Adding to a product portfolio, whether through internal product R & D, or business development, requires an assessment of the product both qualitatively and quantitatively. This is also true for strategic marketing of a product. To do this, there are a number of market research approaches. Using a stepwise, iterative market research approach is the most efficient and effective way to assess potential products, and build quantitative models. This article is the first in a series exploring this practical approach.
One needs to understand what type of answer is required: quick and inexpensive, pretty good, or “the” answer. This will determine how many of the steps need to be taken, as well as iterations among steps.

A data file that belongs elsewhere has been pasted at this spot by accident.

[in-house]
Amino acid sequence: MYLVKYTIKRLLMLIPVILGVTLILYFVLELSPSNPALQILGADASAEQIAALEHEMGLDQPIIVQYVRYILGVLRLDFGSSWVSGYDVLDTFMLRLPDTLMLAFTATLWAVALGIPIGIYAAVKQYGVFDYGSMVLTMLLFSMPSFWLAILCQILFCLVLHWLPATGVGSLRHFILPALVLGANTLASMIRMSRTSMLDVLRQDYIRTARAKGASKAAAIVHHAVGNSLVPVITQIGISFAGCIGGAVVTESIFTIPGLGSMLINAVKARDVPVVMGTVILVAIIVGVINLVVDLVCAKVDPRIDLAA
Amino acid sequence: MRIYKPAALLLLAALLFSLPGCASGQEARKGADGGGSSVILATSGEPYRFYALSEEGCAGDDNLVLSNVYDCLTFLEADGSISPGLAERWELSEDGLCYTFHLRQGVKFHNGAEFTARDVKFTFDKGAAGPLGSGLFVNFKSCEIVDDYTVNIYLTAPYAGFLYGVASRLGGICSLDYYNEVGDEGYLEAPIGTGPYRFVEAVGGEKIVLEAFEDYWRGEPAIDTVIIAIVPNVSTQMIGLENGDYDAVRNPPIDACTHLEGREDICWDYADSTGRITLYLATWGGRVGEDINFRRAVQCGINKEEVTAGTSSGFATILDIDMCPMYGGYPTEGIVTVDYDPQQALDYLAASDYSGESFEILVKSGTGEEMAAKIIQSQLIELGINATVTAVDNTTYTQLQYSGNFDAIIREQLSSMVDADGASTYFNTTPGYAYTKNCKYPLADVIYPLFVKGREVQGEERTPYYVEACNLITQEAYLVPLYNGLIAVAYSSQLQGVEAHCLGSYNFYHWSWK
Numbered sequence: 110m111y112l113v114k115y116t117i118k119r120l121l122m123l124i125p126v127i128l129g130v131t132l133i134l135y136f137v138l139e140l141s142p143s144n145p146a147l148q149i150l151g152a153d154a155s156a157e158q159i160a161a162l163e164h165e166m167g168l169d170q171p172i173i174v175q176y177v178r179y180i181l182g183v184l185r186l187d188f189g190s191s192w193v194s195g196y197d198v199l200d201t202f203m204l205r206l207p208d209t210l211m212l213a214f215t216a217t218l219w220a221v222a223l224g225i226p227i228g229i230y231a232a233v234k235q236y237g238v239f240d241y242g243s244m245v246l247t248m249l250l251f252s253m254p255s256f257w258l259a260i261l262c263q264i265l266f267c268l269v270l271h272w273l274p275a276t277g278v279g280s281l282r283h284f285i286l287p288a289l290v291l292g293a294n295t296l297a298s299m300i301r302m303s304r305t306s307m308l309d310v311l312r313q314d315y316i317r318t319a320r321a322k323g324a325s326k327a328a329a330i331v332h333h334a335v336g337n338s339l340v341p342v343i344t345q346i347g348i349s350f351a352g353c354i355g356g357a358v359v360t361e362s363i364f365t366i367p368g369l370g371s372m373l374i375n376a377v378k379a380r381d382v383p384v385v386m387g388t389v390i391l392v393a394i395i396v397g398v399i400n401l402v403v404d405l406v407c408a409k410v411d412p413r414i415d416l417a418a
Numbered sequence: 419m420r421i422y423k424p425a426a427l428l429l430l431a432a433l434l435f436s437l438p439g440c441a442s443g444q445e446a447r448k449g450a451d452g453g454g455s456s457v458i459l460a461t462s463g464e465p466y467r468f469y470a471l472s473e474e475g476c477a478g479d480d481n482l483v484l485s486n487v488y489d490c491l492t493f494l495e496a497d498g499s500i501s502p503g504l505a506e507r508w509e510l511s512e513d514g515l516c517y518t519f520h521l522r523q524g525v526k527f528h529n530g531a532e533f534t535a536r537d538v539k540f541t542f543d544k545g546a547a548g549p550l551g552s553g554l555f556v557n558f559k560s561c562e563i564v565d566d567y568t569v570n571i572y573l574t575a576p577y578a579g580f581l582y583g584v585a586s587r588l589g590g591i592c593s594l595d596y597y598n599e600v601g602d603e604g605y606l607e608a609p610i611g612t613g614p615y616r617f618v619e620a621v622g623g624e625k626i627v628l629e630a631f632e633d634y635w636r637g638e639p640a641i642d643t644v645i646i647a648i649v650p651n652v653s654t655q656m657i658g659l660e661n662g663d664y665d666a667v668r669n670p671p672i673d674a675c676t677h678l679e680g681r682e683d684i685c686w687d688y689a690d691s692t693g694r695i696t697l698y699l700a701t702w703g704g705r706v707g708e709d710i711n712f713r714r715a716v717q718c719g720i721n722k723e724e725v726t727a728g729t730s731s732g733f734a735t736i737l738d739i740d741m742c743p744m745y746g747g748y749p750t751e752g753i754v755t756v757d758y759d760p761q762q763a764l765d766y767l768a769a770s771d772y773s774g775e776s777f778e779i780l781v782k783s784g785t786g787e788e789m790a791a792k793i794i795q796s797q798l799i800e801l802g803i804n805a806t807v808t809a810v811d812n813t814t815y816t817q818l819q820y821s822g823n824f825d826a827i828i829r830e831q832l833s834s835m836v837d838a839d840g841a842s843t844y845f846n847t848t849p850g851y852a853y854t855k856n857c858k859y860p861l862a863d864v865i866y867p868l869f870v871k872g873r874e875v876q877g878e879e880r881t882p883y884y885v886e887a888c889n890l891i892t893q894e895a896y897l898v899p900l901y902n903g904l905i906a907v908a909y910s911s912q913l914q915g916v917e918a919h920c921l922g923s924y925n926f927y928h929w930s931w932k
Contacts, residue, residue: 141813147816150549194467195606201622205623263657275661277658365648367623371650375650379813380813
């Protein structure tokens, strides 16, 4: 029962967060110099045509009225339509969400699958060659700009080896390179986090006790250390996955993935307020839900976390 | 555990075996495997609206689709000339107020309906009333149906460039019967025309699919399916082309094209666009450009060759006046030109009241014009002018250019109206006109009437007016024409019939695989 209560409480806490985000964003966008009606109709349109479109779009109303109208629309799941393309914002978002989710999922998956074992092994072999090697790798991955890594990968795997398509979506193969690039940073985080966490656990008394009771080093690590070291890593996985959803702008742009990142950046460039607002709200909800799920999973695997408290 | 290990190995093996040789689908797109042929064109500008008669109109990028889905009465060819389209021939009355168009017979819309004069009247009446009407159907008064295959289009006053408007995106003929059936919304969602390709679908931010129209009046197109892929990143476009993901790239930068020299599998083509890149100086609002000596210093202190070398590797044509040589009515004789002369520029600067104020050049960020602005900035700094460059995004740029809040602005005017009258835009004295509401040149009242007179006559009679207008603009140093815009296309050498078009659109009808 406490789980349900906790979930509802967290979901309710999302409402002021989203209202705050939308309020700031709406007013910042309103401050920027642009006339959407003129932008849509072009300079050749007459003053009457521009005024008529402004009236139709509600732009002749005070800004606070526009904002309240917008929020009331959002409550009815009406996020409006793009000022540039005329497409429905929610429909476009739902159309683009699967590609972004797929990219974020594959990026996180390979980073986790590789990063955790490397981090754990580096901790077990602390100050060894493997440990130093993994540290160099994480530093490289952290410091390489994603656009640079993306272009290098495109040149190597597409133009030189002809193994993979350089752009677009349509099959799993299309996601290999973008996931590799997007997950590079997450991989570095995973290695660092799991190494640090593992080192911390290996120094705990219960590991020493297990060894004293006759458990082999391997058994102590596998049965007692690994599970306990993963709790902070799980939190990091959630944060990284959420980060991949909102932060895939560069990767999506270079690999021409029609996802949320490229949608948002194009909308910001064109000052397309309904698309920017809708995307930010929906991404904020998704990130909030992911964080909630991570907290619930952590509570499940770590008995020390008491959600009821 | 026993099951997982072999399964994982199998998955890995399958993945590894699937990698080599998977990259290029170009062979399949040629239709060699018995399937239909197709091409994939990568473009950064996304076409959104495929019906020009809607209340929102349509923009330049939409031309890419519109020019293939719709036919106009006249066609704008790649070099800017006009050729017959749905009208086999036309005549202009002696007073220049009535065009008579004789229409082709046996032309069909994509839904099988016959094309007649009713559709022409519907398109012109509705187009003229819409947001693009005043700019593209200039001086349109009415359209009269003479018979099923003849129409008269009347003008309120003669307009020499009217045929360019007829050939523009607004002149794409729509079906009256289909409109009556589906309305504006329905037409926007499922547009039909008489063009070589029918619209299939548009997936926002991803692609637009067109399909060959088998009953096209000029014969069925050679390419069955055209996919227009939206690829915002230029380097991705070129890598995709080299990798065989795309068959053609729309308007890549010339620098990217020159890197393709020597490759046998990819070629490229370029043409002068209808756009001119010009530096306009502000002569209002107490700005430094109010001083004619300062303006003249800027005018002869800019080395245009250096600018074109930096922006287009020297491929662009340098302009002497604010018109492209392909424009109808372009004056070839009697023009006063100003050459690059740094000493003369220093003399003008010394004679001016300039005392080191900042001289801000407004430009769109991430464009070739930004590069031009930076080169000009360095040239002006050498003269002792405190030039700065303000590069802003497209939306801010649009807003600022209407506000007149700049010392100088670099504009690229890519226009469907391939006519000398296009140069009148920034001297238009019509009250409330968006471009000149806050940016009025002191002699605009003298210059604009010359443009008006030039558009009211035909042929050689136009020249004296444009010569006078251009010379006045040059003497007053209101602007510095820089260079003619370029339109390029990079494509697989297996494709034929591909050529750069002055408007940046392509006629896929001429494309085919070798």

The five general steps are:
- Desk work
- Focus groups
- Quantitative model building
Depending on the outcome of each, the steps may be iterated or previous steps repeated (e.g., interviews may prompt more focused desk work, or desk work targeted in a different area; likewise, counterintuitive survey results may need to be clarified by another set of interviews).
A hypothesis should be developed before starting even step one. This will minimize “boiling the ocean” by seeking out too much information. Don’t worry that the hypothesis might be off the mark–it most likely is to some extent, no matter what. As long as the data, including qualitative remarks and discussions, are viewed objectively, the hypothesis can and should be refined, altered significantly, or even dismissed completely.
If most of this is not new to you, there will still be more detailed insights and tips in later installments of this series.
© 2013 Winton Gibbons